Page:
Not for young men like Martin Heidgen, he says, a recent college graduate who had no previous convictions of any kind. If he'd been charged with manslaughter - not murder - he'd have been facing a possible sentence of probation to 15 years. Murder carries a mandatory penalty of 15 to life - too much, says Lamagna, for a young man who never intended to kill anyone.
"Are we as a society ready to water down what murder is and turn our sons and daughters into murderers who go out and drink and drive and cause a fatal accident?" Lamagna asks. "No matter how tragic these cases are, and they truly are, they're an unintentional act that was caused by the alcohol. But for the alcohol, this wouldn't have happened."
Kathleen Rice says, "Can you imagine if the law allowed Mr. Heidgen to say, 'Wait, wait, wait. But I was drunk. So I shouldn't be responsible.' What kind of lawlessness would you have if intoxication excused that kind of behavior?"
Rice says she is pushing for tough sentences because nothing else is working. In spite of sobriety checkpoints, a recent study by the federal government showed that 15 percent of adult drivers actually admitted to driving under the influence at least once in the past year.
And when it comes to recent high school graduates, a study from Duke University says that ten percent of them admitted to drinking and driving within two weeks of being questioned.
"Do you think that charging someone who's driving drunk and kills someone with murder is a deterrent?" Simon asks.
"Anything that makes someone think before they make the bad decision to drink and get behind the wheel of the car, that's gonna be a deterrent," Rice argues.
Rice says people drink and drive because they're not afraid of the law, that they think they can get away with it. And until recently, the penalties were not all that severe, even when fatalities were involved. It's been less than a decade since some maverick prosecutors have pushed for serious prison time. Even today, the sentences vary wildly from state to state, from probation to life in prison.
Right in Nassau County, Police Officer Danielle Baymack was drunk when she went driving with a friend. She crashed her car. Her friend, Marlene Rivera, a fellow police officer, was killed. Baymack plea-bargained with the judge, bypassing Kathleen Rice altogether. She got just one year.
In Los Angeles, actor Lane Garrison, one of the stars of the TV show "Prison Break," took three teenagers for a drunken ride in Beverly Hills. He smashed into a tree, killing 17-year-old Vahagn Setian and injuring two high school girls. His case went to trial.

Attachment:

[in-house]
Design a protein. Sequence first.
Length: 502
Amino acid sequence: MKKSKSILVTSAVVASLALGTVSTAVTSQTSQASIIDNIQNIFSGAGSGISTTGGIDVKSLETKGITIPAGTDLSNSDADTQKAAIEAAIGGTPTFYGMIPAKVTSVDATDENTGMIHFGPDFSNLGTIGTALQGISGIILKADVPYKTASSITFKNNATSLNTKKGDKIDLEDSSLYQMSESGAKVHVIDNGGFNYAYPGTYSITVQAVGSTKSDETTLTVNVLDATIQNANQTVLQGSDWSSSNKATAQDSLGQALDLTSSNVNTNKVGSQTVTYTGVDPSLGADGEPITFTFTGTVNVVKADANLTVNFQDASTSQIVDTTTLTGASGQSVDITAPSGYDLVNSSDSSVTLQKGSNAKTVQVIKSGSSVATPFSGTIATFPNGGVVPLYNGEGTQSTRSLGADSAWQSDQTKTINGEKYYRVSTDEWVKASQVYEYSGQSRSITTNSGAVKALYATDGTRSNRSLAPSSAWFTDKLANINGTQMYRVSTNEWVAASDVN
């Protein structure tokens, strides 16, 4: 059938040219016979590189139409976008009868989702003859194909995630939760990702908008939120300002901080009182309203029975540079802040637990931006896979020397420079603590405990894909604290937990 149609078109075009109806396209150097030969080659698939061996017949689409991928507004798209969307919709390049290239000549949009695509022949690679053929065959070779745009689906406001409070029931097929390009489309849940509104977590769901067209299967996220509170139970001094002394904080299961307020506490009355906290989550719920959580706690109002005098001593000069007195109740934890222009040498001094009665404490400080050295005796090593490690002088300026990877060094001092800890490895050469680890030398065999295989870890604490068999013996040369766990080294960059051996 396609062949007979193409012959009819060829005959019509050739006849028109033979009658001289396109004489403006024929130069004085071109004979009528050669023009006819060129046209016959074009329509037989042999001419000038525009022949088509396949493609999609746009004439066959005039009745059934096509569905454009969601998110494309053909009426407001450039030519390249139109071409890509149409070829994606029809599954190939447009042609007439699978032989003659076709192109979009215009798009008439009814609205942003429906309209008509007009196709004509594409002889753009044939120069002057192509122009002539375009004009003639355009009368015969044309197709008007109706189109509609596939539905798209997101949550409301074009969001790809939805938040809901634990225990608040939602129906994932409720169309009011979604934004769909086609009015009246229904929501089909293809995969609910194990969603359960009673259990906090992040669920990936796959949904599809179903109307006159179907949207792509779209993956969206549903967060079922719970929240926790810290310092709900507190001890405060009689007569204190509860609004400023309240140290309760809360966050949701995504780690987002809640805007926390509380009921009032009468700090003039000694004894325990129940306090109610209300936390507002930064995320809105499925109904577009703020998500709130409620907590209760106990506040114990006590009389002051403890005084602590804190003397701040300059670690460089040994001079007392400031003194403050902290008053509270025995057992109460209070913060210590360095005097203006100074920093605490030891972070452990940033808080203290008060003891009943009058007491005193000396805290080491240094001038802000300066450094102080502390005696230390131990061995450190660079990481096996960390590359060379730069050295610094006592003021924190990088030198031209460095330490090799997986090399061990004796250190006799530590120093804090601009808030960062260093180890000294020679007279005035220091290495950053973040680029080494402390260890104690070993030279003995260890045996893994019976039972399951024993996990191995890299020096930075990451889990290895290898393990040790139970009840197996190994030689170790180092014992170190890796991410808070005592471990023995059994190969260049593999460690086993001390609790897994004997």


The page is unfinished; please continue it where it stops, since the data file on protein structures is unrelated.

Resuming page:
Garrison served 18 months in prison. The prosecutor was angry that Garrison didn't get more time.
Katie Flynn's family is angry about all the light sentences being handed out. Her grandfather Chris Tangney, who was in the car that night, almost died in the crash. "They asked me if I would like last rites and the priest, that priest gave me last rites, and ironically, six months later, he was killed by a drunk driver in the Hamptons walking on the sidewalk. A woman, 44 years old. She mowed down this priest. I mean, they're killing us."
The priest was Monsignor William Costello. Karen Fisher, a repeat offender, was charged with manslaughter and is serving four to 12 years in prison.
"Is it difficult sometimes to obtain harsh sentences because so many people on the jury have, at one time or another, driven when they shouldn't have?" Simon asks Kathleen Rice.
"I think there is a lot of identification with the drunk driver, almost too much and we need, as a society, to identify first with the possibility that we could be a victim of this crime before we say, 'Wow, I can identify with the drunk driver.' We need that shift to occur," she says.
As for Martin Heidgen, his murder trial began a year after he ran into the Flynns' limousine, and the Flynns made sure they were at the courthouse every day.
"Just like some families decide they wanna forgive and ask for leniency, we were there for the opposite. I wanted that courthouse on top of him. I wanted him buried under the jail. I want him dead," Katie's father Neil says.
The trial took six weeks; Heidgen was convicted of second degree murder and sentenced to 18 years to life. The verdict sealed Rice's reputation as a leader in campaign against drunk driving. She has continued on the warpath: she pushed for and got new legislation passed in New York making it easier to get long sentences for drunk drivers who kill.
Kathleen Rice broadcasts her message wherever she thinks it will be heard. She regularly goes to high schools in her county and talks tough to students.
Her message to them is the same as it is to everyone in Nassau County and to everyone in the country: "And I can guarantee you one thing, that if you make the decision to drink and drive one of two things are going to happen. You're either going to end up dead or you're going to end up going to prison for a long, long time."
Martin Heidgen is filing an appeal, which he says is why he declined to talk to 60 Minutes. Meanwhile, District Attorney Rice prosecuted the case of another drunk driver who killed someone. He was also convicted of depraved indifference murder and got 25 years to life.
Produced by Catherine Olian
for more features.